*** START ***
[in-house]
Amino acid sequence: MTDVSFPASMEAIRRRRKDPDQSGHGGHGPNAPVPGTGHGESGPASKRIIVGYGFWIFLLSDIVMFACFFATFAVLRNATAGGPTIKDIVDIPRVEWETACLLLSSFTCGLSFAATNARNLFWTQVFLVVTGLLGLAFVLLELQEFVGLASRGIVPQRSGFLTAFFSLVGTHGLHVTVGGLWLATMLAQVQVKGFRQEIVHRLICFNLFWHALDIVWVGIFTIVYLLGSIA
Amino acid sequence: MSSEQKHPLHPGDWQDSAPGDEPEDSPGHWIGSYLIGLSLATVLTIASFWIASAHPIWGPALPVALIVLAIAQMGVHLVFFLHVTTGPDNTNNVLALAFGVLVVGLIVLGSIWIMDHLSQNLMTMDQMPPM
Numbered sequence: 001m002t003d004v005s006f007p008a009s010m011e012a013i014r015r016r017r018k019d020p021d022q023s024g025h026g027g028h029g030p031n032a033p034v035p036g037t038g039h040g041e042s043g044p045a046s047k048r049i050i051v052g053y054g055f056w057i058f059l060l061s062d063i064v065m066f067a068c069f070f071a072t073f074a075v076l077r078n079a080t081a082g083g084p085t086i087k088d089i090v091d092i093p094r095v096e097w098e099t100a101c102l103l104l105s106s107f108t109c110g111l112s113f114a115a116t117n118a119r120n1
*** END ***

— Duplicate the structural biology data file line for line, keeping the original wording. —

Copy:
[in-house]
Amino acid sequence: MTDVSFPASMEAIRRRRKDPDQSGHGGHGPNAPVPGTGHGESGPASKRIIVGYGFWIFLLSDIVMFACFFATFAVLRNATAGGPTIKDIVDIPRVEWETACLLLSSFTCGLSFAATNARNLFWTQVFLVVTGLLGLAFVLLELQEFVGLASRGIVPQRSGFLTAFFSLVGTHGLHVTVGGLWLATMLAQVQVKGFRQEIVHRLICFNLFWHALDIVWVGIFTIVYLLGSIA
Amino acid sequence: MSSEQKHPLHPGDWQDSAPGDEPEDSPGHWIGSYLIGLSLATVLTIASFWIASAHPIWGPALPVALIVLAIAQMGVHLVFFLHVTTGPDNTNNVLALAFGVLVVGLIVLGSIWIMDHLSQNLMTMDQMPPM
Numbered sequence: 001m002t003d004v005s006f007p008a009s010m011e012a013i014r015r016r017r018k019d020p021d022q023s024g025h026g027g028h029g030p031n032a033p034v035p036g037t038g039h040g041e042s043g044p045a046s047k048r049i050i051v052g053y054g055f056w057i058f059l060l061s062d063i064v065m066f067a068c069f070f071a072t073f074a075v076l077r078n079a080t081a082g083g084p085t086i087k088d089i090v091d092i093p094r095v096e097w098e099t100a101c102l103l104l105s106s107f108t109c110g111l112s113f114a115a116t117n118a119r120n1